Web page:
W57 - Bjarke Ingels' First North American Project
For a long-time, many green buildings have been accused of being nothing more than boring boxes full of expensive gadgets and gizmos. For the new Durst Fetner residential project on the Westside of Manhattan, dubbed W57, boring is not a factor. For the project's architect, Bjarke Ingels of BIG, extensive play with aesthetics is his trademark. Is it green? Currently, signs point to YES. Does it lean heavily on expensive technologies to make it green? That's less clear.
Image Credit: Bjarke Ingels Group
W57 is a 600-unit residential building on West 57th Street between 11th and 12th Avenues in New York City. Designed by the renowned Danish architecture firm BIG headed by Bjarke Ingels, it is the first North American project for the company. During a recent TEDxEast event, Ingels described the project as an attempt to mix the European concept of courtyard with the iconic American skyscraper. The architectonic slope of the edifice allows for occupants to experience an enclosed central garden area as well as expansive views of the Hudson River and surrounding cityscape. The form has successfully developed a solar envelope form that provides looks to allow maximum daylight to a majority of apartments. Solar enveloping is not a common attribute for architectural projects in NYC. The density of the streetscape and height of neighboring buildings prevent this kind of climatic connectivity to be widespread.
According to a representative from Durst Fetner, the project will achieve either a LEED Gold or Platinum rating. It is their policy to strive for higher levels of certification. The rating isn't clear yet because it is still in early stages of development. The approval process will take anywhere from 12 to 18 months to complete - during which, the building will continue to be fleshed out. Community boards and residents seem to like the creative and bold approach. This will make moving forward easier, but not without some bumps along the way.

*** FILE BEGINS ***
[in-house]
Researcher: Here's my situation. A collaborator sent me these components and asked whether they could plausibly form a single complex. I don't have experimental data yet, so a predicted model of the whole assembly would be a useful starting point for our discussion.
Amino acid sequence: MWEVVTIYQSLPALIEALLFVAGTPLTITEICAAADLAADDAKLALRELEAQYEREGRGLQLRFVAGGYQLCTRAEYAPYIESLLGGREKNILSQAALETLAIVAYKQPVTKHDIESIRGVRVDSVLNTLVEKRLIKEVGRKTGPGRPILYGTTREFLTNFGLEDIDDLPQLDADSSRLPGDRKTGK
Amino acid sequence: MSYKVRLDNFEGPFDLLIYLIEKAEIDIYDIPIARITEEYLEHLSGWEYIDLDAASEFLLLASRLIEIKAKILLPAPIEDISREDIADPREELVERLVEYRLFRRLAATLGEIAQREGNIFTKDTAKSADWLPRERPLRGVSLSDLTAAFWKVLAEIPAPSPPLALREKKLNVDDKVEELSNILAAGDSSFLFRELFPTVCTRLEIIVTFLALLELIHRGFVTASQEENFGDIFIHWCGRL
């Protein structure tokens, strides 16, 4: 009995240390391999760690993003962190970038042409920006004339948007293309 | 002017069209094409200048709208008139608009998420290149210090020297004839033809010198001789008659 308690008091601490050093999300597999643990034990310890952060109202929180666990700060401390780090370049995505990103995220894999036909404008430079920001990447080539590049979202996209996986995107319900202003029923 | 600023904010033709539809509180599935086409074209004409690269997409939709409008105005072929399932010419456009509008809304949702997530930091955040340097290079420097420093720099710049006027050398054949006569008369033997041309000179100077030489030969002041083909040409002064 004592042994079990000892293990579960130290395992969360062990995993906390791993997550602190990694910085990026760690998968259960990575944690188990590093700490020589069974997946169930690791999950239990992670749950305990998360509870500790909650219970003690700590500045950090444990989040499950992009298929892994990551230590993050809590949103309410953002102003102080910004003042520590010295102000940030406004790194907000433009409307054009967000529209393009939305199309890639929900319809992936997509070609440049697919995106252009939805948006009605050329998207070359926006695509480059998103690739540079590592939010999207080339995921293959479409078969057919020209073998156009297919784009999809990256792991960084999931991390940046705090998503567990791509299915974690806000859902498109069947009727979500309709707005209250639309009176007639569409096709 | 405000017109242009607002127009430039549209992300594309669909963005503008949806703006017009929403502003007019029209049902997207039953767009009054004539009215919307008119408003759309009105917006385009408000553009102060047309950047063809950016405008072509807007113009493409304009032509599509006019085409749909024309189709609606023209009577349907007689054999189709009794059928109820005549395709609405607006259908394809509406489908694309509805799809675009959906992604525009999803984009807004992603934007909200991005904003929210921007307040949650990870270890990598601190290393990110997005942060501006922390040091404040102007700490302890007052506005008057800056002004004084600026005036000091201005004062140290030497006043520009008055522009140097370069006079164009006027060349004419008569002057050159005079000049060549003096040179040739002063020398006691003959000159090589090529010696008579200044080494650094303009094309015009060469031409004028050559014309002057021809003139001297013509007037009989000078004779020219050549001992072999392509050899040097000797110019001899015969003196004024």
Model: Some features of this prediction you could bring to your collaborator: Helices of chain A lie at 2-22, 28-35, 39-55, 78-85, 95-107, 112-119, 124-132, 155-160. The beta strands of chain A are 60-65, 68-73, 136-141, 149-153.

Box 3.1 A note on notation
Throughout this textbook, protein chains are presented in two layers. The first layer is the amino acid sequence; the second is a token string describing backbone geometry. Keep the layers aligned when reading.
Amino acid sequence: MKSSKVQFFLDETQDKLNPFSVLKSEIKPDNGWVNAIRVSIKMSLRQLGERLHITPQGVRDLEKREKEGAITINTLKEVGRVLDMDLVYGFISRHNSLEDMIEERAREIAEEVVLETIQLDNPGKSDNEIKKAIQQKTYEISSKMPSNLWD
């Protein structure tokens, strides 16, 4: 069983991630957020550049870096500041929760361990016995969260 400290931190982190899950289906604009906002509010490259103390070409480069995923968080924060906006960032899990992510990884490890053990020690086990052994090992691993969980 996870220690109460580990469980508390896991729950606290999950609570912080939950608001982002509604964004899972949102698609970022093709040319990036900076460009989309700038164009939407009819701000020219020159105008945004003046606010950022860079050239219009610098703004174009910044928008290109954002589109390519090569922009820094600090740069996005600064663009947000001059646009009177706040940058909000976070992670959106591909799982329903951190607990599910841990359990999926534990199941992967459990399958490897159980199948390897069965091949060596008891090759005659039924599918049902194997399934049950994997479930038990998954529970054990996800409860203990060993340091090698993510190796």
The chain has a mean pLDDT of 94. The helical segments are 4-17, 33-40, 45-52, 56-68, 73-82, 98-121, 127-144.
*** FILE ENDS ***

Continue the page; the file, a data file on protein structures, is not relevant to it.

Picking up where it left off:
The goal for Durst Fetner is a residential structure that is sustainable, inspiring and integrated to the location and context. By looking at the current design, it does seem to be hitting those marks. However, during conversations by phone and email with both Durst Fetner and BIG, no quantitative evidence is yet available to show how integrated sustainability is incorporated. Speaking for experience, the slip between qualitative and quantitative results vary greatly without using building information models and computational analysis to determine solar thermal exposure, water reduction measurements, daylight harvesting and other opportunities.
To achieve a LEED rating, these measurements will evidently be calculated. That said, it is unclear if or how BIG or Durst Fetner uses such tools in the early stages of design. Energy evaluations, even at the early stages, can prove to be a huge bonus for reducing the need for more expensive gadgets and can reduce construction costs. Certain software packages could even help discover how the morphology of the building can better exploit the native climate and site context for the benefit of the architecture, community and environment.
That said, W57, if built, could make the typical boring green box buildings endanger of being seen as, well, even more boring. If the cost of W57 is extremely high, it might do very little for dispelling the myth that green buildings cost more than conventional projects. More will be revealed as it moves forward. BIG welcome to America!
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